It should also be noted the character references of the “new American president” are distinctly unsavourable to say the least, and he has surrounded himself with equally questionable individuals so the true character of this Mr Peter Thiel needs to be urgently brought into question:

      https://thestandard.org.nz/networks-of-influence-key-peter-thiel-the-gcsb/

      Now why did the former minister of Internal Affairs, Nathan Guy see fit to fast track this man’s citizenship in relative secrecy? Clue: John Key/Peter Thiel and an outfit called “Palantir” whose co-founder was Peter Thiel… and who appear to have been intimately associated with the NSA and other cyber intelligence-gathering agencies.

      Bearing in mind, we now know some of these agencies’ activities were well beyond the law (both national and international) and our recently (and suddenly) departed prime-minister must have known it, I think we might be close to getting some answers.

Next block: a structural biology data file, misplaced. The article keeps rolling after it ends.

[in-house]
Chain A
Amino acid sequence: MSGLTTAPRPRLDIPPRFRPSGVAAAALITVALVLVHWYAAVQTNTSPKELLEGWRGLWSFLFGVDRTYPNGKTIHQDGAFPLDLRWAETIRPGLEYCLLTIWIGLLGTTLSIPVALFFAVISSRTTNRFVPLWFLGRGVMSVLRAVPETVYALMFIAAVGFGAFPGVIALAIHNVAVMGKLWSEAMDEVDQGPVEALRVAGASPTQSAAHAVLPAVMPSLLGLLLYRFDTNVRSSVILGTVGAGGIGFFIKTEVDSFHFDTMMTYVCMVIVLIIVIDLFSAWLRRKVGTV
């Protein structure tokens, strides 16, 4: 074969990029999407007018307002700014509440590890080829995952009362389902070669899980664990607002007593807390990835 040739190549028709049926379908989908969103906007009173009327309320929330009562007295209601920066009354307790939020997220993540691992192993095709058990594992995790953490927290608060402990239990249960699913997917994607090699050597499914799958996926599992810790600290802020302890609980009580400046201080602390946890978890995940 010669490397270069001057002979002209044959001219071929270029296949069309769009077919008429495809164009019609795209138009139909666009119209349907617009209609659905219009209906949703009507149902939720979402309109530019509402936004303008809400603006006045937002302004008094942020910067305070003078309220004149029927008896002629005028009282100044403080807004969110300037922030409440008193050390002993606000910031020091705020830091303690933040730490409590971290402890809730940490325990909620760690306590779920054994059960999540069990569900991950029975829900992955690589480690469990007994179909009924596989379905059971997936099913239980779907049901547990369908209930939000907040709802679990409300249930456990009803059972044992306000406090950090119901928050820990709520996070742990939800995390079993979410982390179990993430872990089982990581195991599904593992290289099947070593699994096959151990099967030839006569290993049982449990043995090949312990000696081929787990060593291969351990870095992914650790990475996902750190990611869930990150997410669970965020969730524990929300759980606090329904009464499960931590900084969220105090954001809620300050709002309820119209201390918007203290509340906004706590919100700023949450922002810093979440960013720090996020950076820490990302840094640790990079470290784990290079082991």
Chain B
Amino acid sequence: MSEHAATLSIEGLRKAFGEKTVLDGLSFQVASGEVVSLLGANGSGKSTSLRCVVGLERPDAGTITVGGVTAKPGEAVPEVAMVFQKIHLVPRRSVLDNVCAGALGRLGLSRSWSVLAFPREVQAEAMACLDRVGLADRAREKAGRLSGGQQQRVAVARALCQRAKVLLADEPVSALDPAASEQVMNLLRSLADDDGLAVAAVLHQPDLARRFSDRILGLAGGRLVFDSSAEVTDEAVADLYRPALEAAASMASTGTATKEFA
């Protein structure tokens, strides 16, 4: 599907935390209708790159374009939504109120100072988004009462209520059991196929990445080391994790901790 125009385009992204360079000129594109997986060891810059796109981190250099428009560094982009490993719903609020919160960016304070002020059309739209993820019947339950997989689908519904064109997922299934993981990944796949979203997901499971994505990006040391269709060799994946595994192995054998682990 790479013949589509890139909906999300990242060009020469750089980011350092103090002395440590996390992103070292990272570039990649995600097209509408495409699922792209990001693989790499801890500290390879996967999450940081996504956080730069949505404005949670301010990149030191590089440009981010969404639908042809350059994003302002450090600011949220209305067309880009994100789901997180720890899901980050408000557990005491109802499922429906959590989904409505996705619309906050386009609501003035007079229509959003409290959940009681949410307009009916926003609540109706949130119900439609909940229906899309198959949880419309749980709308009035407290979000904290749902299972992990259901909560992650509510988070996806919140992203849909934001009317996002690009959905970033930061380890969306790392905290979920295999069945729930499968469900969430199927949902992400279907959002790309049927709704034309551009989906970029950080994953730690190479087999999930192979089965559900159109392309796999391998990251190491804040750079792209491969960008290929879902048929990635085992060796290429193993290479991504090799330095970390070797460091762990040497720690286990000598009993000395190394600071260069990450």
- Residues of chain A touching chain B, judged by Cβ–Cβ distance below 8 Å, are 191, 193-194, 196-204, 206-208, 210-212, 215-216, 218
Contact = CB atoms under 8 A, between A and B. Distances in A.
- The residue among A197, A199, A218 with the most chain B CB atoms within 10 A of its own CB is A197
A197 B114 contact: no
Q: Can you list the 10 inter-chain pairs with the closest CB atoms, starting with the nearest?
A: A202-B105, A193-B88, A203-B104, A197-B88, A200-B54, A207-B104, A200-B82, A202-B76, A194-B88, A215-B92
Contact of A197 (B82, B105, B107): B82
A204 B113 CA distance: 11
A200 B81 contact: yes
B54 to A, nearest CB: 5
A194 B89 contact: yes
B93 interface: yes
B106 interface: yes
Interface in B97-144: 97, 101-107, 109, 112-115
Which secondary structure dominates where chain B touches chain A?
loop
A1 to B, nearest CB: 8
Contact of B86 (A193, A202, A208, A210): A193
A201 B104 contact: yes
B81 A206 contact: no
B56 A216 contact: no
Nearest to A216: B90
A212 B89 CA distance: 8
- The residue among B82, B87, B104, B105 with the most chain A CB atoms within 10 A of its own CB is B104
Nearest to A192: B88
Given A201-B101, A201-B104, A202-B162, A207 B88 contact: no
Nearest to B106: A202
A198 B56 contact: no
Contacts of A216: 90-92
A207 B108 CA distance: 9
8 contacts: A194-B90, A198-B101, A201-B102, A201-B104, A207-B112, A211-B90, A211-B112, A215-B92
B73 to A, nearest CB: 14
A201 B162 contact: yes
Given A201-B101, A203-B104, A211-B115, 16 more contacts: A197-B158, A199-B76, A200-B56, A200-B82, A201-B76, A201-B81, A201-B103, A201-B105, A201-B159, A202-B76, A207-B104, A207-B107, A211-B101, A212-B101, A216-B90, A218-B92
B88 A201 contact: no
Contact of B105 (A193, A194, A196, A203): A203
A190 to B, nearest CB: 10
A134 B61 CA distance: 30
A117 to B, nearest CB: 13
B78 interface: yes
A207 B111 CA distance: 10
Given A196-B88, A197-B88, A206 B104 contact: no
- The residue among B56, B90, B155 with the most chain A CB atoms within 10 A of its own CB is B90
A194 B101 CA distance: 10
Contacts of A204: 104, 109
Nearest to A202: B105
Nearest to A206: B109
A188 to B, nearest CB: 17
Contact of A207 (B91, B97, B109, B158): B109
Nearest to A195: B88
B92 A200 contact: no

Oh dear, what a tangled web etc.

      • Anne 5.1.1

        Oops… I see I made up a new word there… unsavourable. Quite like it and perfect for Trump. 🙂

  6. keepcalmcarryon 6

    Well I do have a problem with this.
    Since when should we instil special citizenship rights just due to wealth? Assuming of course that Mr Thiel isnt shotputting for NZ at the next olympics or personally training Iraqi soldiers for us?
    Maybe money talks for residency- which Im uncomfortable with in its current sleazy National party form by the way- but money buying citizenship rights is a big step beyond.
    Are some people in this life now really deemed to be more deserving than others of basic rights due to their net worth?
    Think about that.